Hail Damage: Identifying The Telltale Signs, And Taking Action
This week was a reminder throughout much of the United States that hail season is officially here. If you were fortunate enough to avoid damage from the recent storms, then you may already be taking proper precautions, but it never hurts to have a reminder, especially with how unpredictable Mother Nature has been thus far in 2014.
The first thing you need to understand about hail is that it can be a potentially serious matter. While it often mixes with rain and falls in slight amounts so not to be noticed, some forms of this precipitation can grow to the size of golf balls causing considerable damage to homes, automobiles, and other forms of property.
According to the National Weather Service, hailstones fall to earth from 30,000 feet, reaching up to 120 miles per hour before they hit people, animals, vegetation, vehicles and structures. Each year, the agency states, these storms cause $1 billion in damages to crops and property.
Frequently targeted areas for hailstorms include Nebraska, Colorado and Wyoming — together known as “hail alley” because they usually have the most hailstorms on an annual basis, reports the National Severe Storms Laboratory. This activity translates to an average of seven to nine hail days each year.
Unfortunately, all it takes is one day to do a lot of damage, and the phenomenon isn’t confined to these areas. Furthermore, even the smallest of hailstorms “can shatter windows, smash roofs, and leave pockmarks in siding and cause thousands of dollars in damage to your property,” according to the Insurance Information Institute (I.I.I.).
In other words, it’s serious business, and getting these issues taken care of quickly can make a world of difference to your pocketbook and peace of mind.
How To Identify Hail Damage
The Allstate Blog recently posted some guidelines on how homeowners can spot hail damage in the aftermath of a storm. They recommend the following:
- Look for dents, cracks or breaks on windows, screens, doors and even patio furniture.
- Examine outdoor appliances like air conditioning units, and look for dents or excessive water intake.
- Check trees and shrubs; if they’re stripped of foliage, there’s a possibility your roof might be damaged, says the Rocky Mountain Insurance Information Association.
- Be safe when checking roof damage; consider using binoculars, or call a professional.
Furthermore, car owners, you should inspect your vehicles for cracked or broken glass, as well as body dents. (Luckily, these require less effort to spot than damage to your house and other property.)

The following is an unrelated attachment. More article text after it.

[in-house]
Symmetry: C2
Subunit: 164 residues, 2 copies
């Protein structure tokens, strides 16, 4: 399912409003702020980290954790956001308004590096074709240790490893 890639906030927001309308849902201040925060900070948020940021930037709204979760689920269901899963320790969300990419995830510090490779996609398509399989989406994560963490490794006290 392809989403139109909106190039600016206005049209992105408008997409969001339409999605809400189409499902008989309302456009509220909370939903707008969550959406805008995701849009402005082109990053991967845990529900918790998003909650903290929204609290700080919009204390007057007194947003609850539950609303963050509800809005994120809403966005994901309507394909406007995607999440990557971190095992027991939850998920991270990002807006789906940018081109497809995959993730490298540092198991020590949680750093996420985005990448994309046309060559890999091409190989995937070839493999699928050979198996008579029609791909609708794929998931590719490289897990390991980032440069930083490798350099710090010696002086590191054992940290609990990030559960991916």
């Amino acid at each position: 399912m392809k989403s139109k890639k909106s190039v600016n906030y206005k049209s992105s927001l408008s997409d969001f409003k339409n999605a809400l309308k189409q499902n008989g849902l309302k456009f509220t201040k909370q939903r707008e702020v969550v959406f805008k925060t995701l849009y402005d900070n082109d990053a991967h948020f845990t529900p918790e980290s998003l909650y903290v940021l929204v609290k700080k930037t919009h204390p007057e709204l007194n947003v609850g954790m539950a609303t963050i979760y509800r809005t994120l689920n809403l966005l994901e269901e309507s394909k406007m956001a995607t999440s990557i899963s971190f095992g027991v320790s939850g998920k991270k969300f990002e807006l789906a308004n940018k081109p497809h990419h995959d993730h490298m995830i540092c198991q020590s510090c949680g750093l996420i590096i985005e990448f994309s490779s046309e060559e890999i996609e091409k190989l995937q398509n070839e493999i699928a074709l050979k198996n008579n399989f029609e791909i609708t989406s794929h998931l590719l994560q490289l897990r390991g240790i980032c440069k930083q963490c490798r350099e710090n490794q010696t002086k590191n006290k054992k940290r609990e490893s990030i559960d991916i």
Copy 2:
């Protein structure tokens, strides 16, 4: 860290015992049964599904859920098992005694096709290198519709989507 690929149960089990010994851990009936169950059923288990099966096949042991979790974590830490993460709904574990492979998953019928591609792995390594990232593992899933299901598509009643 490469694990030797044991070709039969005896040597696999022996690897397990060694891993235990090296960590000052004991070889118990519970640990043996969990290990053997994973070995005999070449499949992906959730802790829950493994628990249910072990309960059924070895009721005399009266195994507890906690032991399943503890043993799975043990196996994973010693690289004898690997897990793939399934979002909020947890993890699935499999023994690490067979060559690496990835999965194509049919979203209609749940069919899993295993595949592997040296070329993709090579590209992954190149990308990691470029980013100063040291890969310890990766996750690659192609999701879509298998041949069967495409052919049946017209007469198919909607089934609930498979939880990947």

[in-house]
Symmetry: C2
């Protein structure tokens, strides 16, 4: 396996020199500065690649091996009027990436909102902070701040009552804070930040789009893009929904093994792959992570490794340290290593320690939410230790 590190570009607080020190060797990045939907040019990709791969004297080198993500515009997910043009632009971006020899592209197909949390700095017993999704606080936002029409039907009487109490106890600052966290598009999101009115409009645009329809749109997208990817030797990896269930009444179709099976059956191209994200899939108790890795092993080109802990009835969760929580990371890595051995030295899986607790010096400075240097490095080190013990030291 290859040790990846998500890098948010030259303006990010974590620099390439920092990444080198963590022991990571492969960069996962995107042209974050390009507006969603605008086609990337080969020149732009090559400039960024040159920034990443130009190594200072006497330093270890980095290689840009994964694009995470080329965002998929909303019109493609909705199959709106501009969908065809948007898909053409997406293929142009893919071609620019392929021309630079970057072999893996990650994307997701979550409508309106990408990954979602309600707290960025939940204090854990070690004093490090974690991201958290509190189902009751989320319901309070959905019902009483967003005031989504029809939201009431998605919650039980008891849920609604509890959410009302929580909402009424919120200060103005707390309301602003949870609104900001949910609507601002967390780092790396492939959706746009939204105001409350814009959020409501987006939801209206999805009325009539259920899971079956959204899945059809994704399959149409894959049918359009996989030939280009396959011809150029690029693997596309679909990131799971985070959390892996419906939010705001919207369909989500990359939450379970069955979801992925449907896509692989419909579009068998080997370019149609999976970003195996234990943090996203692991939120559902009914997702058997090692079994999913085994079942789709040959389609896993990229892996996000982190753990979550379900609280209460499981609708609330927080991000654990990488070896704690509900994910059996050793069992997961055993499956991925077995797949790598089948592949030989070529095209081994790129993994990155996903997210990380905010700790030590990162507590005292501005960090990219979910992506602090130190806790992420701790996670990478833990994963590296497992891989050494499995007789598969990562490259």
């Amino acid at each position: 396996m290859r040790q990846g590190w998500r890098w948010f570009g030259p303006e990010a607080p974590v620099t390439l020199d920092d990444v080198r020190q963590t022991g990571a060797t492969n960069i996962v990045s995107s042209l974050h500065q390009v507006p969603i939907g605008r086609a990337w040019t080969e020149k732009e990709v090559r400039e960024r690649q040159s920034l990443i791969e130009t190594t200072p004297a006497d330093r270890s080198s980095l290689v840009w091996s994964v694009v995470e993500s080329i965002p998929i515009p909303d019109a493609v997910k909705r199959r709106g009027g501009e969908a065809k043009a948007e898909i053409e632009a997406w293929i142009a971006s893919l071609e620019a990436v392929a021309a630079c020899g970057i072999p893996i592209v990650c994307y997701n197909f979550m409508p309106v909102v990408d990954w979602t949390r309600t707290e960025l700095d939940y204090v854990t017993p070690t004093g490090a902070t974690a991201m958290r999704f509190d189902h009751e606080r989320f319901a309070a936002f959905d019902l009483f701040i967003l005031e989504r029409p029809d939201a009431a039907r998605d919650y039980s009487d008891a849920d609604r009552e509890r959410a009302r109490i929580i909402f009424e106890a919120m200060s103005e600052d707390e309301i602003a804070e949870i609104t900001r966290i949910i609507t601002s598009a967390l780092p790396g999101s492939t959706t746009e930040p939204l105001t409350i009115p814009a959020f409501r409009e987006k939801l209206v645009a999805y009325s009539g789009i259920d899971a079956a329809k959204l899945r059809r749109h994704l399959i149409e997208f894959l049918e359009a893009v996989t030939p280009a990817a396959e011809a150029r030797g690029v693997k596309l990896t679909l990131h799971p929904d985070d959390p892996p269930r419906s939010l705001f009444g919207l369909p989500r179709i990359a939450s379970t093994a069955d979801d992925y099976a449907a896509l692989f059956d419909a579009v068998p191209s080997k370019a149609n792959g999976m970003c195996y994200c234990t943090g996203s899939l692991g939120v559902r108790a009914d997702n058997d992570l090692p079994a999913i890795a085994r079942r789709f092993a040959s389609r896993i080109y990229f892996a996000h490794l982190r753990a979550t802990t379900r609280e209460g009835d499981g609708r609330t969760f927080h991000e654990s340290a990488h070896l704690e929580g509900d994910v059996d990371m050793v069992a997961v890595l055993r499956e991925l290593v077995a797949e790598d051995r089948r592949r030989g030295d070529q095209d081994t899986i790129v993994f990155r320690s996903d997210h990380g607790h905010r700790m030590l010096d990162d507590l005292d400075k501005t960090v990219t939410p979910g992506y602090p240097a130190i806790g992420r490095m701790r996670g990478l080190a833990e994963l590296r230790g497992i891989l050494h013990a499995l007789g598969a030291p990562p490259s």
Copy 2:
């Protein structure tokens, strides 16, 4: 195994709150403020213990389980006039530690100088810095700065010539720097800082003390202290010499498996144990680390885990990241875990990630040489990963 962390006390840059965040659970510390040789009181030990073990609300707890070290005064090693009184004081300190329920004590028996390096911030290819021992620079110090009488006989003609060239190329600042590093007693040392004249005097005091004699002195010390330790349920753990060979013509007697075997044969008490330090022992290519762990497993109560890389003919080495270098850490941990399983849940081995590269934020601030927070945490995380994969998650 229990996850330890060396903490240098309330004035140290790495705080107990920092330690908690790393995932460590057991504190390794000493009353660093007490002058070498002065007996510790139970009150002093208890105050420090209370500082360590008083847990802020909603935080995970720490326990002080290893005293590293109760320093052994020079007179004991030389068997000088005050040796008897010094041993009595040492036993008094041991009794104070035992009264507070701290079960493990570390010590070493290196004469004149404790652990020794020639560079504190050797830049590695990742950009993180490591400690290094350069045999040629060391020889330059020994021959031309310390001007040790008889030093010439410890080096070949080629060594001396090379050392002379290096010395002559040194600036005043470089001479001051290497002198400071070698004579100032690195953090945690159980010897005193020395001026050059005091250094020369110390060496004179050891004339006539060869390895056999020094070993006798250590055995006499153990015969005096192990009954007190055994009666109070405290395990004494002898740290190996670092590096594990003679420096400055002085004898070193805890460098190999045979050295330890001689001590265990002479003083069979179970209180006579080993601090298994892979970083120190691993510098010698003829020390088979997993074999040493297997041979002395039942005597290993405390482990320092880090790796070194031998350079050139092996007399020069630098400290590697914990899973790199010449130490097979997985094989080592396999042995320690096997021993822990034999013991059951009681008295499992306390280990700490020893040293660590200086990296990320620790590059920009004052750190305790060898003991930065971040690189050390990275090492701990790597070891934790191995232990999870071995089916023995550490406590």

Once you spot damage to any of these objects, you should act immediately. Smartphone devices and apps, such as Evernote, have made it much easier to take pictures of the damage immediately upon discovery and store it away in specific notebooks for easier recall and transmittal to your insurance company. Allstate also recommends that you do so before making any temporary repairs. Furthermore, they advise you to “cover any damaged areas to prevent additional negative effects from the storm.”
“For example, board up any broken windows or cover a hole in a roof with a tarp,” the company added.
Once immediate steps like those above have been taken, you’ll want to call your insurer immediately and get the claims process started. Insurance companies can help you find a reputable contractor and arrange for a quick and convenient time to set the repairs in motion.
“You can also check with friends, family or neighbors for advice on hiring a trustworthy contractor to repair damage,” the company stated. “Just remember to save all the receipts; you’ll likely need them for your insurance claim (and it’s a general best practice, anyway).”
While there isn’t a lot you can do to protect your home from falling hail, you can take precautions with your vehicle. If you have covered parking available to you, use it. If not, try to park in locations that deflect as much of the precipitation as possible.
Old Man Winter may be gone, but the changing temperatures bring with them thunderstorms and the risk of getting hail damage. While you may not be able to stop nature from running its course, you can have a workable plan in place to observe and document damages and send them along to your car insurance company for expedition of claims. Good luck, and be safe!